In a prosecution under sections 609.342 to 609.3451, 609.3453; 609.365; or Minnesota Statutes 2004, section 609.109, evidence of the victim's previous sexual conduct shall not be admitted nor shall any reference to such conduct be made in the presence of the jury, except by court order under the procedure provided in subdivision 4. The evidence can be admitted only if the probative value of the evidence is not substantially outweighed by its inflammatory or prejudicial nature and only in the circumstances set out in paragraphs (a) and (b). For the evidence to be admissible under paragraph (a), subsection (i), the judge must find by a preponderance of the evidence that the facts set out in the accused's offer of proof are true. For the evidence to be admissible under paragraph (a), subsection (ii) or paragraph (b), the judge must find that the evidence is sufficient to support a finding that the facts set out in the accused's offer of proof are true, as provided under Rule 901 of the Rules of Evidence.
(a) When consent of the victim is a defense in the case, the following evidence is admissible:
(i) evidence of the victim's previous sexual conduct tending to establish a common scheme or plan of similar sexual conduct under circumstances similar to the case at issue. In order to find a common scheme or plan, the judge must find that the victim made prior allegations of sexual assault which were fabricated; and
(ii) evidence of the victim's previous sexual conduct with the accused.
(b) When the prosecution's case includes evidence of semen, pregnancy, or disease at the time of the incident or, in the case of pregnancy, between the time of the incident and trial, evidence of specific instances of the victim's previous sexual conduct is admissible solely to show the source of the semen, pregnancy, or disease.
The accused may not offer evidence described in subdivision 3 except pursuant to the following procedure:
(a) A motion shall be made by the accused at least three business days prior to trial, unless later for good cause shown, setting out with particularity the offer of proof of the evidence that the accused intends to offer, relative to the previous sexual conduct of the victim;
(b) If the court deems the offer of proof sufficient, the court shall order a hearing out of the presence of the jury, if any, and in such hearing shall allow the accused to make a full presentation of the offer of proof;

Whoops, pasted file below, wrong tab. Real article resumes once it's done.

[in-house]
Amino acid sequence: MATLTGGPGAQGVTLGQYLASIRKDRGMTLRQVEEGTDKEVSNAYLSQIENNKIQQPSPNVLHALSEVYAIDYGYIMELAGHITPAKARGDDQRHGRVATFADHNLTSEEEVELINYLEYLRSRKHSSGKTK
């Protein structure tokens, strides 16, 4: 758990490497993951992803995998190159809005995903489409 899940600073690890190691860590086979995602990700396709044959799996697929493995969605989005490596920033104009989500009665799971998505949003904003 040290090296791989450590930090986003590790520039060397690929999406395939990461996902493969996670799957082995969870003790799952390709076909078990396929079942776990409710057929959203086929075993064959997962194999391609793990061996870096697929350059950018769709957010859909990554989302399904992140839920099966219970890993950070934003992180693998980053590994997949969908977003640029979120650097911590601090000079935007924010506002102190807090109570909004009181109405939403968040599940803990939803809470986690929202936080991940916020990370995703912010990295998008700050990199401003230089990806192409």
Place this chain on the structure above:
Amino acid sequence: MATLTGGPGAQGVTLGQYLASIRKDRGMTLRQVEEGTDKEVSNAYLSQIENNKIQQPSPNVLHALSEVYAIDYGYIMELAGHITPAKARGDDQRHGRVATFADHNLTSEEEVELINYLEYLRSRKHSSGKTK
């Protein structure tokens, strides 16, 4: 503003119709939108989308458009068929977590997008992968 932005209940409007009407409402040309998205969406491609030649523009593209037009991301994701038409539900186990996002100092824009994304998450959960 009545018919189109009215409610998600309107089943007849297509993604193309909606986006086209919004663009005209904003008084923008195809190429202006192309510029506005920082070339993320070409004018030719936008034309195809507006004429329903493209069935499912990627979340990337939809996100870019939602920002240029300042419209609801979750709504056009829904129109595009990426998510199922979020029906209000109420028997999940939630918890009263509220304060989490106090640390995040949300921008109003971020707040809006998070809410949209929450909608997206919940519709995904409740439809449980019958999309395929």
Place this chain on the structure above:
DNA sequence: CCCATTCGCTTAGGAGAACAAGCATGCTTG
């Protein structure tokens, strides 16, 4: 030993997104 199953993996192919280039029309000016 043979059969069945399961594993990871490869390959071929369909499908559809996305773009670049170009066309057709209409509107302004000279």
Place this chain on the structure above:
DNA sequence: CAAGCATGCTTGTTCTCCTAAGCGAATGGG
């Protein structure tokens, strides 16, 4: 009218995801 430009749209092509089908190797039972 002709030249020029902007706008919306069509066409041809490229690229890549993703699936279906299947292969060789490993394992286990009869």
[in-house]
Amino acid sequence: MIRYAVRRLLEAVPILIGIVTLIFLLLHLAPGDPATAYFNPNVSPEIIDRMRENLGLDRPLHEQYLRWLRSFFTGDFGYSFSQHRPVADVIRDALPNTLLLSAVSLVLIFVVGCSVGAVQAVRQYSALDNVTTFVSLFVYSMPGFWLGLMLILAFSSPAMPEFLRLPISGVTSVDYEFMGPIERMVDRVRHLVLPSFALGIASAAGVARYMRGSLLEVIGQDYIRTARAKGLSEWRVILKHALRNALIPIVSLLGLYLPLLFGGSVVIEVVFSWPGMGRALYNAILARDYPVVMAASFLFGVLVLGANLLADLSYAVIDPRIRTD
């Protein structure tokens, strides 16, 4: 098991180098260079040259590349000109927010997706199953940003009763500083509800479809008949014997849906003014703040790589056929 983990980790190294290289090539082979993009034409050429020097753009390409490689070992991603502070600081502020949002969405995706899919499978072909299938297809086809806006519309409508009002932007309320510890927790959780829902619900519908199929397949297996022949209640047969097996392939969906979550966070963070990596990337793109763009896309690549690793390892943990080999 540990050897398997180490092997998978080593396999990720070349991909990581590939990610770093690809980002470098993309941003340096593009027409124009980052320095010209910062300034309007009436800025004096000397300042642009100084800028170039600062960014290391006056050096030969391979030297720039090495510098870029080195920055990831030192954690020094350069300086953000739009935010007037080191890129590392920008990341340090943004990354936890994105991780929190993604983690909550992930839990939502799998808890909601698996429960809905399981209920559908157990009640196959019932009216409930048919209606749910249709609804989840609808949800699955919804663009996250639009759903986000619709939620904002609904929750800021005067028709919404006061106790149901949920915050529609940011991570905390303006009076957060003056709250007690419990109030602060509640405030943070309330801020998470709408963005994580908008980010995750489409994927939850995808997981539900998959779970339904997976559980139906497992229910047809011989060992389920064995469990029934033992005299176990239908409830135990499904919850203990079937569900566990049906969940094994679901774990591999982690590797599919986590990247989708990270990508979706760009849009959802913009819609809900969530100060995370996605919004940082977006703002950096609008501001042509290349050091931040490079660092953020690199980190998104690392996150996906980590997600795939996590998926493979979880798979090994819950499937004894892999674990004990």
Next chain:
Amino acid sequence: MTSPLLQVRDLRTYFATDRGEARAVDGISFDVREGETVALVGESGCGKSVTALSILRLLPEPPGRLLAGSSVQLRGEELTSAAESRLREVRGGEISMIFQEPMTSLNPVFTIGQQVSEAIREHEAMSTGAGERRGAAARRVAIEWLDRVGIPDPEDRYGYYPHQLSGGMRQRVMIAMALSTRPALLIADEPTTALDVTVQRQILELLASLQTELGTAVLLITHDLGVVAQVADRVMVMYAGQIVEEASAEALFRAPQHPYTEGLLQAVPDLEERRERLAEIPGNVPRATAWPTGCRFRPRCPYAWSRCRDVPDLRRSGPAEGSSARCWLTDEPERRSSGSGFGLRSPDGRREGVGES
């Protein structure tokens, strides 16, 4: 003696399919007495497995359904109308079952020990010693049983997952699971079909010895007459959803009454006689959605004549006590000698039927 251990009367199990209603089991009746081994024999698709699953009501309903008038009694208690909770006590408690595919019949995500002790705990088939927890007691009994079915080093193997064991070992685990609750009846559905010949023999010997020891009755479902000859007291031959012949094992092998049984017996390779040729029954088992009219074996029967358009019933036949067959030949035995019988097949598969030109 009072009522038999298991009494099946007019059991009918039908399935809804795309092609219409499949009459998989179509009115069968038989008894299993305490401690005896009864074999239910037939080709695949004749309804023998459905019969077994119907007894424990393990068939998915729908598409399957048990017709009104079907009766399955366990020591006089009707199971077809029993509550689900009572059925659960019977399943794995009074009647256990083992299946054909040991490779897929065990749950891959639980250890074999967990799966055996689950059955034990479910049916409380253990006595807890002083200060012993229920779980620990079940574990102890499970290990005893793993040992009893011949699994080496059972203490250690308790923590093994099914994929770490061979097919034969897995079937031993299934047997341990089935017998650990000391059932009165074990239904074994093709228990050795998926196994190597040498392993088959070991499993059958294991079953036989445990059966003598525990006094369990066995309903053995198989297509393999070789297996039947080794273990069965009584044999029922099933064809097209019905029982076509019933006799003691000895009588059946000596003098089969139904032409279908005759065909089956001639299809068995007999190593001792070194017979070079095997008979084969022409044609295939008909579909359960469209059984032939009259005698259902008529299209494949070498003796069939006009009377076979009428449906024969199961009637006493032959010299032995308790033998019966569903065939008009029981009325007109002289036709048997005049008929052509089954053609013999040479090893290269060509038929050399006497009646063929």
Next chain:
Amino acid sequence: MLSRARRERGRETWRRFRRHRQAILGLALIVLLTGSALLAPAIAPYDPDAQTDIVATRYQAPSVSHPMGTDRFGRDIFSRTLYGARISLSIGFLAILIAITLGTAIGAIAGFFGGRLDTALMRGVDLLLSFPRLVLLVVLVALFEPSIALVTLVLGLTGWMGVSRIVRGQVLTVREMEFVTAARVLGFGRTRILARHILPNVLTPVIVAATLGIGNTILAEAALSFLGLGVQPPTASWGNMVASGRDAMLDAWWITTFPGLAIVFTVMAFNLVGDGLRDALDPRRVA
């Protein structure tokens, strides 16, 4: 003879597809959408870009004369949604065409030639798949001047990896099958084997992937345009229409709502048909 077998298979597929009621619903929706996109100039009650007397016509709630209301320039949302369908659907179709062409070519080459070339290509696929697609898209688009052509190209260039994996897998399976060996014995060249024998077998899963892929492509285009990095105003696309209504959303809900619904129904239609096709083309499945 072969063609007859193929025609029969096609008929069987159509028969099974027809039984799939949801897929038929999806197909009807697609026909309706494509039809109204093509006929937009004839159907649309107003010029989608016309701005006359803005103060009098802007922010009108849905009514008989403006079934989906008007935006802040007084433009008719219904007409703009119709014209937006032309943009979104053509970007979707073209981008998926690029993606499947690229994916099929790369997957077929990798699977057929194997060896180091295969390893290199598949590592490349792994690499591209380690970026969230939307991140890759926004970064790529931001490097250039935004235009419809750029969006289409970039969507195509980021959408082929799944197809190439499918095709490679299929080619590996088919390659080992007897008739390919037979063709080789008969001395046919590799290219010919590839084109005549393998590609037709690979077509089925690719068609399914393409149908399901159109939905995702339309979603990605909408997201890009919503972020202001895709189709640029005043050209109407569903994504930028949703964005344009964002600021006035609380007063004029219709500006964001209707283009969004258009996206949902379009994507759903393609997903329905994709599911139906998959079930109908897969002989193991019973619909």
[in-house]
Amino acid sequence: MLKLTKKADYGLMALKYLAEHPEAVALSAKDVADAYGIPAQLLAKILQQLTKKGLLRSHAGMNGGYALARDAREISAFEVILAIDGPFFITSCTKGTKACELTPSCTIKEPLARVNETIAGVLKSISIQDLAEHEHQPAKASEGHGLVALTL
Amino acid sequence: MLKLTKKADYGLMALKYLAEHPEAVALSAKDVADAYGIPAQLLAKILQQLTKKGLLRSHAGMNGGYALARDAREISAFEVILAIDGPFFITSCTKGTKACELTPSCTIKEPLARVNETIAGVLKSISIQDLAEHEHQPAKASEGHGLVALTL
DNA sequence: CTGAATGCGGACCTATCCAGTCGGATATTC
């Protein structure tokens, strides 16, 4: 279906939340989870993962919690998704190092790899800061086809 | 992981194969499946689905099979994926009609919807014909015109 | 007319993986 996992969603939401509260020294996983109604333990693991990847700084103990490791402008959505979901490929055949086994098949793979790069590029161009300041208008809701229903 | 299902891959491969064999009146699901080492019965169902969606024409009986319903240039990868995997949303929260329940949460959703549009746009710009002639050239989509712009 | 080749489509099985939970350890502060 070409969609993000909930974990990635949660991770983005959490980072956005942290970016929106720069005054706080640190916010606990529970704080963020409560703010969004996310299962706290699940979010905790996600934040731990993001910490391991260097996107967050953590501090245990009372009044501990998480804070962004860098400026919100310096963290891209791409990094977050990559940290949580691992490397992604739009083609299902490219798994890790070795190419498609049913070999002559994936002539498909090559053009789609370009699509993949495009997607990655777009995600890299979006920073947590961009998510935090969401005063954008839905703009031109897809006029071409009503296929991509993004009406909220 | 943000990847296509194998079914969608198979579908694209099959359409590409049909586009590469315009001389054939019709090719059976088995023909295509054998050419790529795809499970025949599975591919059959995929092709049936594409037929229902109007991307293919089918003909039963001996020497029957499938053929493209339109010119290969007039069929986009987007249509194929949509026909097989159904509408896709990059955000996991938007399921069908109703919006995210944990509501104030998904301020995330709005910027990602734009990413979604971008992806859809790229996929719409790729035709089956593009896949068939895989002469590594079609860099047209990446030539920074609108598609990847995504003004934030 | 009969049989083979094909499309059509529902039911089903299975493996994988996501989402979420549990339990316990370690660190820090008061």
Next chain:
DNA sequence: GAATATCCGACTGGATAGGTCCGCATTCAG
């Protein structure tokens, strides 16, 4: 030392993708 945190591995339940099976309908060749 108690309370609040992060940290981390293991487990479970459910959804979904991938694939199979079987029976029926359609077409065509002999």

(c) At the conclusion of the hearing, if the court finds that the evidence proposed to be offered by the accused regarding the previous sexual conduct of the victim is admissible under subdivision 3 and that its probative value is not substantially outweighed by its inflammatory or prejudicial nature, the court shall make an order stating the extent to which evidence is admissible. The accused may then offer evidence pursuant to the order of the court;
(d) If new information is discovered after the date of the hearing or during the course of trial, which may make evidence described in subdivision 3 admissible, the accused may make an offer of proof pursuant to clause (a) and the court shall order an in camera hearing to determine whether the proposed evidence is admissible by the standards herein.
(a) It may be inferred that a victim who has previously consented to sexual intercourse with persons other than the accused would be therefore more likely to consent to sexual intercourse again; or
(b) The victim's previous or subsequent sexual conduct in and of itself may be considered in determining the credibility of the victim; or
(c) Criminal sexual conduct is a crime easily charged by a victim but very difficult to disprove by an accused because of the heinous nature of the crime; or
(d) The jury should scrutinize the testimony of the victim any more closely than it should scrutinize the testimony of any witness in any felony prosecution.
(a) In a prosecution under sections 609.342 to 609.3451; 609.3453; or Minnesota Statutes 2004, section 609.109, involving a psychotherapist and patient, evidence of the patient's personal or medical history is not admissible except when:
(1) the accused requests a hearing at least three business days prior to trial and makes an offer of proof of the relevancy of the history; and
(2) the court finds that the history is relevant and that the probative value of the history outweighs its prejudicial value.
(b) The court shall allow the admission only of specific information or examples of conduct of the victim that are determined by the court to be relevant. The court's order shall detail the information or conduct that is admissible and no other evidence of the history may be introduced.
(c) Violation of the terms of the order is grounds for mistrial but does not prevent the retrial of the accused.
Rule 412 of the Rules of Evidence is superseded to the extent of its conflict with this section.